by Helen Trantum

A good goalkeeper can save you 15 points a season.

So the legend goes, anyway.

This season Arsenal finished 12 points behind Champions Chelsea, and if rumour is to be believed, we did that without a good goalkeeper. So the way to catch them is obviously to buy one, right?

Wrong. We have the best goalkeeper in the league at our club already.

But is it the one you would expect?

The competition

All three of the clubs joining us in the Champions League places have opted for a particular formula – young and talented stars in David de Gea, Thibaut Courtois and Joe Hart, backed up by experienced veterans in Victor Valdes, Petr Cech and Willy Caballero.

In going down this route, those three clubs have more or less acknowledged the situation – that it is now very difficult to attract and keep two top level goalkeepers, even at the level of wages that Chelsea and City in particular can afford.

There’s a reason for that, of course. Goalkeeping is unlike any other position on the field, in that there is rarely any tactical rotation and almost never any tactical substitution (Louis van Gaal at the World Cup aside!). This means that for a goalkeeper, unless you are first choice there is no real prospect of game time.

We are unlike our top four rivals in that we have two young goalkeepers – Naughty and Shorty – both vying for that number one jersey. However, very few pundits place either of the current Arsenal goalkeeping duo in their top five, with the likes of Fraser Forster, Hugo Lloris and even occasionally Simon Mignolet being mentioned as superior alternatives.

Most fans agree.

A surprise package

Yet who is the best goalkeeper in the league, statistically? David Ospina.

He has conceded the fewest goals per game, kept the most clean sheets per game and has the highest save percentage of all the top flight keepers with more than 10 games under their belt this season.

But is it enough? In spite of his statistical superiority, Ospina is a number two in my mind. The Colombian makes a very good second choice keeper – he has given interviews about how he came to England expecting to be the backup, and if he is content with that role then we have a place for him.

However, he has inherent limitations that mean he will never be a very top level one, and if we aspire to the League title, we simply must expect more of our number one.

The real conundrum surrounds the future of Wojciech Szczesny. In 90 minutes last weekend he demonstrated almost all of the qualities that make him stand out – command of his area, a strong and dominant aerial presence and pin-point accurate kicking even under pressure.

Problematically, his form this season has been nothing short of volatile.

There is an argument that the goals he has conceded have been from very good chances, where there is little the Pole can do about the situation. Certainly Arsenal’s defence has afforded him little protection.

Equally, our Polish cockney has dropped a few clangers which in turn led* to Arsene Wenger dropping him.

*An ill-advised fag in the showers aside.

Arsene Wenger’s patented mental strength

With Szczesny, the questions all revolve around whether he has the mental side of the game to match his undoubted talent. We have often been linked with keepers like Begovic, but on each such occasion the concern has been the step up required to bridge the difference between being a keeper for a mid-table side versus a title-chasing side.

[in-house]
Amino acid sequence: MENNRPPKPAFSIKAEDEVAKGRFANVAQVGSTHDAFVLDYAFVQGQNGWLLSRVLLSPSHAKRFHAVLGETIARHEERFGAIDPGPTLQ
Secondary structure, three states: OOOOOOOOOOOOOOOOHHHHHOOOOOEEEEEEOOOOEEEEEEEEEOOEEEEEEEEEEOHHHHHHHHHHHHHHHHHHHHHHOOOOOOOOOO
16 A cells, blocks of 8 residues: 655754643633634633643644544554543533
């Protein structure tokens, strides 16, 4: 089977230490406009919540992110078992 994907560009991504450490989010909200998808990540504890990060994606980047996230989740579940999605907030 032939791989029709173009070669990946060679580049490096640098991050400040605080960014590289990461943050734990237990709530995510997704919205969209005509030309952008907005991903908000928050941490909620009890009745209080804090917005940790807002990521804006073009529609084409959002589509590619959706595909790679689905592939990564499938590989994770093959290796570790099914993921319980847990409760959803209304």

They are almost completely different positions, with a mid-table keeper regularly involved in the game and being kept on their toes throughout where a top level keeper may not touch the ball for the best part of half an hour but still needs to remain alert on the off-chance the ball does come their way.

Ultimately, it’s the reason why the likes of Fabianski and Mannone didn’t make it with us – they are at their best when they are involved in the play. We can all remember games where a goalkeeper has seemed unbeatable, when the opposing team can have 30 shots on goal but not score. It requires a different level of mental focus to save 1/1 when you are not involved compared to saving 30/30 when the ball hardly seems to leave your area.

In tight games it can make all the difference.

Crunch time

The 2013-14 season was Szczesny’s best in an Arsenal shirt, and one which saw him collect the much coveted Golden Glove award. This season has been rather less impressive, and seen him drop below Ospina in the pecking order. The Colombian is a solid stopper, but he is no Szczesny.

Wojciech’s misdemeanours at St Mary’s were not just stupid, they were selfish – the consequences were that we had Ospina play in the crucial Champions League first leg, and conceded three goals, at least two of which were saveable.

Arsene Wenger has a big decision to make this summer on whether he thinks the Pole has the mentality and maturity to be the foundation stone of this Arsenal team as we look to climb to the Premier League summit.

After his loan spell at Brentford, then manager Andy Scott credited Szczesny with earning Brentford a full 15 points during the 2009-10 season. 15 points would do very nicely, thank you very much.

Whether Arsene gets this decision right or not may determine whether we overhaul Chelsea and claim a crown that we last won back in 2004.

No pressure then.